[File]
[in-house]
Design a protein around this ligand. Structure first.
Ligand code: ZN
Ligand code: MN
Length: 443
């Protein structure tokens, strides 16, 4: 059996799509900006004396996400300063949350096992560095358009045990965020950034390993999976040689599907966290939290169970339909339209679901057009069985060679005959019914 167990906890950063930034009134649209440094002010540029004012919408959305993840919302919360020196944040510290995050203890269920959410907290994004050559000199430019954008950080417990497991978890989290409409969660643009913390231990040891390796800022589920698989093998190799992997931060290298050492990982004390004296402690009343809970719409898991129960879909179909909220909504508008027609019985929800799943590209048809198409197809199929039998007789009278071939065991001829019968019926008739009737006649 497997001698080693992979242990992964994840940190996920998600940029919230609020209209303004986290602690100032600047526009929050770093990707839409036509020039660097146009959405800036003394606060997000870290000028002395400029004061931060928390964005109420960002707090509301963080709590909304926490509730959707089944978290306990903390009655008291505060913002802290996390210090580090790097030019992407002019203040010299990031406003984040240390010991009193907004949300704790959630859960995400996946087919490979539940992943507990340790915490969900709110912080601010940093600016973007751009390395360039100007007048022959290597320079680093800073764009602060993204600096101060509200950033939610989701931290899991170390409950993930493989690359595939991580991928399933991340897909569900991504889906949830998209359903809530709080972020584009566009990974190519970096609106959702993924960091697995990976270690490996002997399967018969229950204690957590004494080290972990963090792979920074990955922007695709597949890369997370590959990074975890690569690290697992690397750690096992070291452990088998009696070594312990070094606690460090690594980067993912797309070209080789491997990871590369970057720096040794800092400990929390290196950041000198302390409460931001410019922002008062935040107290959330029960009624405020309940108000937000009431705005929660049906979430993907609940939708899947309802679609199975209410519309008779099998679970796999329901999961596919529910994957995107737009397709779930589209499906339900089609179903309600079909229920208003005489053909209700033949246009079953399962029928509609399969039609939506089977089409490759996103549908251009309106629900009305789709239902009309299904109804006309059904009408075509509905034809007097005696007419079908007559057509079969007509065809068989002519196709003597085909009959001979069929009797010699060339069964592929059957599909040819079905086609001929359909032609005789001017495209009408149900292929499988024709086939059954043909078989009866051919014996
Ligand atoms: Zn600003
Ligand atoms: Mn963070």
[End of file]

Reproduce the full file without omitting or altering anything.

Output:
[in-house]
Design a protein around this ligand. Structure first.
Ligand code: ZN
Ligand code: MN
Length: 443
């Protein structure tokens, strides 16, 4: 059996799509900006004396996400300063949350096992560095358009045990965020950034390993999976040689599907966290939290169970339909339209679901057009069985060679005959019914 167990906890950063930034009134649209440094002010540029004012919408959305993840919302919360020196944040510290995050203890269920959410907290994004050559000199430019954008950080417990497991978890989290409409969660643009913390231990040891390796800022589920698989093998190799992997931060290298050492990982004390004296402690009343809970719409898991129960879909179909909220909504508008027609019985929800799943590209048809198409197809199929039998007789009278071939065991001829019968019926008739009737006649 497997001698080693992979242990992964994840940190996920998600940029919230609020209209303004986290602690100032600047526009929050770093990707839409036509020039660097146009959405800036003394606060997000870290000028002395400029004061931060928390964005109420960002707090509301963080709590909304926490509730959707089944978290306990903390009655008291505060913002802290996390210090580090790097030019992407002019203040010299990031406003984040240390010991009193907004949300704790959630859960995400996946087919490979539940992943507990340790915490969900709110912080601010940093600016973007751009390395360039100007007048022959290597320079680093800073764009602060993204600096101060509200950033939610989701931290899991170390409950993930493989690359595939991580991928399933991340897909569900991504889906949830998209359903809530709080972020584009566009990974190519970096609106959702993924960091697995990976270690490996002997399967018969229950204690957590004494080290972990963090792979920074990955922007695709597949890369997370590959990074975890690569690290697992690397750690096992070291452990088998009696070594312990070094606690460090690594980067993912797309070209080789491997990871590369970057720096040794800092400990929390290196950041000198302390409460931001410019922002008062935040107290959330029960009624405020309940108000937000009431705005929660049906979430993907609940939708899947309802679609199975209410519309008779099998679970796999329901999961596919529910994957995107737009397709779930589209499906339900089609179903309600079909229920208003005489053909209700033949246009079953399962029928509609399969039609939506089977089409490759996103549908251009309106629900009305789709239902009309299904109804006309059904009408075509509905034809007097005696007419079908007559057509079969007509065809068989002519196709003597085909009959001979069929009797010699060339069964592929059957599909040819079905086609001929359909032609005789001017495209009408149900292929499988024709086939059954043909078989009866051919014996
Ligand atoms: Zn600003
Ligand atoms: Mn963070």